Barsamian, Grossman and Montague
It is Thanksgiving time and I would like to give thanks to three networking citizens who are contributing to an informed and engaged citizenry.
David Barsamian is a one man radio network. Running an operation called Alternative Radio, Barsamian’s specialty is conducting interviews of people who have something important to say but are ignored by the mass media. He then makes these radio tapes available through the mails for a modest price to anyone who requests them here or abroad. (2129 Mapleton, Boulder, CO. 80304; tel: 303-444-8788).
Barsamian’s interviews are often voices of dissent, voices of proposals to strengthen our democracy or to improve our economy and environment. He reaches his subjects by phone, in person or by going to progressive conferences, marches, rallies or seminars.
Barsamian tapes seem to be everywhere in activist circles, even without much advertising or promotion, by this growing but shoestring initiative. More recently, some public access cable stations are playing his radio tapes on television. ‘His interviews are rays of light in the darkness of mass media’s emphasis on violence, sex, addiction and trivia.
Don’t wait for Barsamian to show up on Brinkley’s or Geraldo’s shows. Write for his catalog and see what you can hear for yourself.
On Cape Cod, by the nation’s eastern seaboard, labors Richard Grossman, founder years ago of a group called Environmentalists for Full Employment and in recent years a dynamic citizen of correspondence with growing numbers of Americans on the subject of giant corporate charters.
Grossman writes, meets, discusses and lectures — again on a shoestring — about the history and present day meaning of the government charters which beget all corporations. The charter is, in effect, the birth certificate and constitution of the corporation — be it General Motors, Exxon, DuPont or smaller firms. Under present law, companies, which are artificial legal entities, have almost all the rights that real human beings can never possess.
Corporations can create their own parents (holding companies), be in hundreds of places at the same time (subsidiaries etc.), diffuse or buffer responsibility of their officials, engage in all kinds of transfer pricing, escape from all kinds of accountabilities that real people are exposed to when they misbehave (punishment in jail, decisive stigmas) and so forth.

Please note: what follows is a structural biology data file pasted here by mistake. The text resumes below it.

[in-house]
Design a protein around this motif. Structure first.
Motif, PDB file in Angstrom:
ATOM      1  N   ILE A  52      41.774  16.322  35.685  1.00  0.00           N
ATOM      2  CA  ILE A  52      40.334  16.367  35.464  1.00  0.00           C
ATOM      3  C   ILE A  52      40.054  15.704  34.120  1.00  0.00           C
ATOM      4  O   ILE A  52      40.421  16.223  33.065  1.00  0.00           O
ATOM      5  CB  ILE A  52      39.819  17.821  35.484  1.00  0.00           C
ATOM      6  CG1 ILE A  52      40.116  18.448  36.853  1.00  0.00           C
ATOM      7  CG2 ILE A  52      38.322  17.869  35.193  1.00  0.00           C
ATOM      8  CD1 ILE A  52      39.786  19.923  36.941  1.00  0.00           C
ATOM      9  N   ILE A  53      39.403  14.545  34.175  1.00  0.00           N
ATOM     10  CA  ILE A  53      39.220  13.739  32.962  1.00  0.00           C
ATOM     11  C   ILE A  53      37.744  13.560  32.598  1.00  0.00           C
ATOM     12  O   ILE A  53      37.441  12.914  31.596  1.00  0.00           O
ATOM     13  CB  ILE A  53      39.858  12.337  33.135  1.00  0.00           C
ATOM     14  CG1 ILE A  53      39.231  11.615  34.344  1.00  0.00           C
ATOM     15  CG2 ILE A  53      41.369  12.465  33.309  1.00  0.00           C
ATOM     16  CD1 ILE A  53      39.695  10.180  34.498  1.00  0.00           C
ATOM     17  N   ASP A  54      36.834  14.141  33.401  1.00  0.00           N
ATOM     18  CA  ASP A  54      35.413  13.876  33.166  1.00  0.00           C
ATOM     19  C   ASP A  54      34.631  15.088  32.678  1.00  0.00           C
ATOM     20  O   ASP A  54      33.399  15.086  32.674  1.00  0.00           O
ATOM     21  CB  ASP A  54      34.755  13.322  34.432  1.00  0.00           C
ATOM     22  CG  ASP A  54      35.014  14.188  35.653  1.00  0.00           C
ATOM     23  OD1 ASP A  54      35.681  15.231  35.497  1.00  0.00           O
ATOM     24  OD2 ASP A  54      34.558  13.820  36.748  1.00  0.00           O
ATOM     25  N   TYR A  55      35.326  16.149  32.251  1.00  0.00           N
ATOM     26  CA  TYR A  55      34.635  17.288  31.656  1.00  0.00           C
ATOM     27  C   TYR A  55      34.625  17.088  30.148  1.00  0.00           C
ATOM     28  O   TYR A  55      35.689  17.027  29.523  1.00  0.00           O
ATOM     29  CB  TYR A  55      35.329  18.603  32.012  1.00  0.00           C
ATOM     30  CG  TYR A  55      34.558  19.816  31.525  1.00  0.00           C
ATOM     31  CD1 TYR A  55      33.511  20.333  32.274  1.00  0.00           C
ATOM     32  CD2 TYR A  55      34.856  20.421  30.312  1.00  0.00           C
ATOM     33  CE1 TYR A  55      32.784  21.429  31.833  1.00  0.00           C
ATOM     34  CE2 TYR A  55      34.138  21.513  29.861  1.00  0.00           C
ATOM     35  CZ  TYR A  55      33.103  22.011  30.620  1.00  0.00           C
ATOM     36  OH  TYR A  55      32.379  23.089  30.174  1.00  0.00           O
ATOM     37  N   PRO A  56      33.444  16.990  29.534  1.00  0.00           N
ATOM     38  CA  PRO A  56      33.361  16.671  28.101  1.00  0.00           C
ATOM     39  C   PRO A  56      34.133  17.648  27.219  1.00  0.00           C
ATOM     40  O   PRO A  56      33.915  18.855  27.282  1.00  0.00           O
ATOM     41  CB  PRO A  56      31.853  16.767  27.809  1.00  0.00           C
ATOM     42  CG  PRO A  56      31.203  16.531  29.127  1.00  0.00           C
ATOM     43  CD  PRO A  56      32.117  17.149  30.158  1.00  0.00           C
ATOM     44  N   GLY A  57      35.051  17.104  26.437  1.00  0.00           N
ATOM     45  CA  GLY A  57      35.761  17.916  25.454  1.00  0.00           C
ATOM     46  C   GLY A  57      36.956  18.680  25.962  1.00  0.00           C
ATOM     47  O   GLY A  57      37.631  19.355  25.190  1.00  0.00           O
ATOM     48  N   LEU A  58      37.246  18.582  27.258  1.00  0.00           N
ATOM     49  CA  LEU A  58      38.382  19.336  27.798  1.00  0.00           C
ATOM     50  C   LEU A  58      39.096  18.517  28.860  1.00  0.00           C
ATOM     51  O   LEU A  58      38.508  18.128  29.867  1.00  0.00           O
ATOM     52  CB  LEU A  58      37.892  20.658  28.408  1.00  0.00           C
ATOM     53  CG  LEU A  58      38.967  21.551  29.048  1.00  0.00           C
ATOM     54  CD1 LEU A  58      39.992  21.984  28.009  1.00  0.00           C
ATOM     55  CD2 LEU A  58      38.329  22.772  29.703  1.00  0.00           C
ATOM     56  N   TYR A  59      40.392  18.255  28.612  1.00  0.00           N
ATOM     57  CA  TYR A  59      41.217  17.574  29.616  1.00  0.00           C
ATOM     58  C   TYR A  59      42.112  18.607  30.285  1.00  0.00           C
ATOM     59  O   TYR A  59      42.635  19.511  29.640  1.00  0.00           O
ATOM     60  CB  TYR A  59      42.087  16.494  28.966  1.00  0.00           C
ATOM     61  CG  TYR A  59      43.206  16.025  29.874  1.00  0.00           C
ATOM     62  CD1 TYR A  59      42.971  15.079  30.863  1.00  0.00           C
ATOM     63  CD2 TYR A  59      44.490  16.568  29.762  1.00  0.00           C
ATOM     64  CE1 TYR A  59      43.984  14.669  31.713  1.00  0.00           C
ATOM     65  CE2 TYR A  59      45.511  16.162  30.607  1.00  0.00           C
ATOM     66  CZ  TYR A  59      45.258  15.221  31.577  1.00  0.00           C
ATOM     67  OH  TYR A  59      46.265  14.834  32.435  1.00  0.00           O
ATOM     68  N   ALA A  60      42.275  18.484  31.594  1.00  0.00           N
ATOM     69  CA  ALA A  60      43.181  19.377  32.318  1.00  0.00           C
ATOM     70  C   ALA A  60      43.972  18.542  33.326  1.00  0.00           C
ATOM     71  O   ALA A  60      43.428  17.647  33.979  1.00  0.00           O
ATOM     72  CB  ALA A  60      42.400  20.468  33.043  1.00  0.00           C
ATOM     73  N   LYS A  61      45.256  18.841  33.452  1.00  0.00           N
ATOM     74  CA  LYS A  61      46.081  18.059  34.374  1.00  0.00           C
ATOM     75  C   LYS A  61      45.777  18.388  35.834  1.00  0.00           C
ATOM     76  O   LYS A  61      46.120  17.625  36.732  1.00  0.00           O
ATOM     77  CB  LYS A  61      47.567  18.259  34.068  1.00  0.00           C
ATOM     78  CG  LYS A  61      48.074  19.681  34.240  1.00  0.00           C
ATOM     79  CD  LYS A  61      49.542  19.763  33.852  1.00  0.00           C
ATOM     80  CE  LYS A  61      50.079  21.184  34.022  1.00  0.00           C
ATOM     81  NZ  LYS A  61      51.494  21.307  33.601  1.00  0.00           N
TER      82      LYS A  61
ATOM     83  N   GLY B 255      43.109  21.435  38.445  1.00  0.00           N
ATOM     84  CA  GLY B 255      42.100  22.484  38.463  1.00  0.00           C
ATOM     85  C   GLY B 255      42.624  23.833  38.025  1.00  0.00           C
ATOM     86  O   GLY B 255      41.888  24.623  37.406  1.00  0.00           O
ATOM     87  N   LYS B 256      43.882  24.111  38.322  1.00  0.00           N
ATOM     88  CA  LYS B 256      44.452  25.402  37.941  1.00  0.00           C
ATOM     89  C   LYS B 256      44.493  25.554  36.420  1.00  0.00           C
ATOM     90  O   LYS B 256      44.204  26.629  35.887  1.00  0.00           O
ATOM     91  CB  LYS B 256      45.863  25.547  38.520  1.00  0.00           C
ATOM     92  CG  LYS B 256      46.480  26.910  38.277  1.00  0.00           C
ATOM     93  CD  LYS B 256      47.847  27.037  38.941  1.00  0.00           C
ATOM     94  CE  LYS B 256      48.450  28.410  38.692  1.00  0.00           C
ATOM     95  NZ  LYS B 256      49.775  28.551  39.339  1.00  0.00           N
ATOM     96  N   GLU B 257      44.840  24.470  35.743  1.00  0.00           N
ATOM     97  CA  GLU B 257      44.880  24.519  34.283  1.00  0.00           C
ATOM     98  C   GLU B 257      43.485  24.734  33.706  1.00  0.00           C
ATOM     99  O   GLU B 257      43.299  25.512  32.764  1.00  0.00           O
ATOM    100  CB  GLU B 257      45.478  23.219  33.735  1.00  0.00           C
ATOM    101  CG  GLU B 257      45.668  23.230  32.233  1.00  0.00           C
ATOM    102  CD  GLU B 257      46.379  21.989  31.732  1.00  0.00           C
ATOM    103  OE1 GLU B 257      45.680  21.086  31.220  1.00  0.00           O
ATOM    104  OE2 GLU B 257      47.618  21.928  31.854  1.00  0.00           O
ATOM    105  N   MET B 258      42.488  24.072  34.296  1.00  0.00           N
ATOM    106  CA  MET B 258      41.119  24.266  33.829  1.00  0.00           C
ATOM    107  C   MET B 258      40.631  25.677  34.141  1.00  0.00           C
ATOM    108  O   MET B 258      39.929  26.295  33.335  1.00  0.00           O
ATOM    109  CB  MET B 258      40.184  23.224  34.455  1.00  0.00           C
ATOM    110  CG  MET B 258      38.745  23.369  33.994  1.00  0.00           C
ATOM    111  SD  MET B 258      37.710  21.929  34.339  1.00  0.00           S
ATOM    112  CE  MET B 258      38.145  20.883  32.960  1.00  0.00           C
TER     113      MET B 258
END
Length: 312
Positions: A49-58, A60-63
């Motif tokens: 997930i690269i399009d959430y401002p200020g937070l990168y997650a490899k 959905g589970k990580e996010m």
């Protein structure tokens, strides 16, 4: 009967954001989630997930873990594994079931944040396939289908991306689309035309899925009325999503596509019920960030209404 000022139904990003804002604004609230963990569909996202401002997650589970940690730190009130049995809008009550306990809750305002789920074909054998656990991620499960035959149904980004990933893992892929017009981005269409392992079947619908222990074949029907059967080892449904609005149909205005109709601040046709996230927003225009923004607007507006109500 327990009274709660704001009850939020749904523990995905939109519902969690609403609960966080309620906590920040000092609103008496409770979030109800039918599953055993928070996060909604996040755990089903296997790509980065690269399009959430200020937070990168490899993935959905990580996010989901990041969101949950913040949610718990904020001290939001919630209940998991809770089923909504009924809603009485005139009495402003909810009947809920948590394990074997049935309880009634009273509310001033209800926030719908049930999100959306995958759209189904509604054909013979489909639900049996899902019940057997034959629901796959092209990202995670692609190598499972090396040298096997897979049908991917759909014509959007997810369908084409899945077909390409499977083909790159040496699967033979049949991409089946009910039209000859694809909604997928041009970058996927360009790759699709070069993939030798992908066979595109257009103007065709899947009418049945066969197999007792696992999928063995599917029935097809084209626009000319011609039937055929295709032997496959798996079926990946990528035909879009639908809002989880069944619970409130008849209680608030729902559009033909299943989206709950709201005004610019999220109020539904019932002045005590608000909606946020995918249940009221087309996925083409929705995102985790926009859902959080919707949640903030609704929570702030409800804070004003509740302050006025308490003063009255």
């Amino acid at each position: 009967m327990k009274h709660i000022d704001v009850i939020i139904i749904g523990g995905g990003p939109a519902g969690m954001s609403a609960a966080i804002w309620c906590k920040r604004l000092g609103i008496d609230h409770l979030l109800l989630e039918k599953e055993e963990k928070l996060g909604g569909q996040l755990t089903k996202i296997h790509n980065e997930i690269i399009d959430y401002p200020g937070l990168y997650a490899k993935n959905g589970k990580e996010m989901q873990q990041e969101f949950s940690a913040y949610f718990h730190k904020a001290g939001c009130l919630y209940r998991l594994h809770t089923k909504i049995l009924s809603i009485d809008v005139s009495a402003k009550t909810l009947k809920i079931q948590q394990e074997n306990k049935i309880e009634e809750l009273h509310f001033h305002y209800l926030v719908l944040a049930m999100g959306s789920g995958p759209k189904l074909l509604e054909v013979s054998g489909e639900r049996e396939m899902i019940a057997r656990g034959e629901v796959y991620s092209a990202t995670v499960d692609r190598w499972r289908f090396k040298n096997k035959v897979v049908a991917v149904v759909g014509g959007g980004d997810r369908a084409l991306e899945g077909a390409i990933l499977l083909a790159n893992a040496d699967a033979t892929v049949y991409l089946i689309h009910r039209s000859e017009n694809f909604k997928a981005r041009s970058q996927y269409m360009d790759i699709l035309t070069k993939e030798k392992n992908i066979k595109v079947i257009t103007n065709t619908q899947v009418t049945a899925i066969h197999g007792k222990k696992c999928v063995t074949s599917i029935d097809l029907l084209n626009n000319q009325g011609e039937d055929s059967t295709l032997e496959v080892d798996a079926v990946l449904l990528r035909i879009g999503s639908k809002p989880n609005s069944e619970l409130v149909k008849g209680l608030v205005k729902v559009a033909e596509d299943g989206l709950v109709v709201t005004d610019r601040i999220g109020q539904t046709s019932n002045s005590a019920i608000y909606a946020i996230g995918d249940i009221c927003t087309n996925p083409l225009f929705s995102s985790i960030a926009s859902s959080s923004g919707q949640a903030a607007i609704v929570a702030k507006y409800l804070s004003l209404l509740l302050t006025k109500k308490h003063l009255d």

To Grossman, Americans need to learn or remember the vigorous debates Americans used to have in the 19th century about giving or not giving power to these corporations. Many observers believed that the charter was a way to rein in the excesses of corporations because the charter could always be pulled by the public authorities.
Grossman believes it is time to stimulate action to press for use of the charter, given to these companies by the people through their government, to condition and end corporate crime, fraud and recidivism. He says that if individuals commit crimes they can go to jail, while corporations go to government for bailouts and subsidies, as in the S&L bank crime epidemic in the Nineteen Eighties. Pulling the charter, he believes, or the mere possibility of such a move, would end or deter much of the harm done by big business. Charter revocation could require a reorganization of the company after dismissal of its leaders.
To learn more about corporate charters and how you can start a discussion group on this topic, write to Richard Grossman, Charter, Ink./CSPP, P.O. Box 806, Cambridge, MA 02140.
The third stalwart is Peter Montague, who from Annapolis, MD, writes and distributes Rachel’s Environment & Health Weekly. Montague, a scientist turned educator on environmental matters, has written over 500 of these two page newsletters that focus on one subject at a time. It could be the subject of pesticides, dioxin, genetic engineering, corporate polluters, pseudo-corporate science, motor vehicle air pollution, water contamination and
In an age of information overload, people often buy books and magazines on their favorite subjects and then lay them aside for later reading when there is more time. They gather dust too often. Rachel’s Weekly (named after Rachel Carson, the author of Silent Spring, the book that launched the modern environmental movement against harmful chemicals in the biosphere), comes on the prescribed day and is actually read because it is so short.
Printed on Kenaf, naturally, Rachel’s can be reached at 105 Eastern Avenue, Annapolis, MD 21403. It is a non-profit endeavor.
Hat’s off to these builders of democracy and to their many supporters around the country who make their work possible and effective.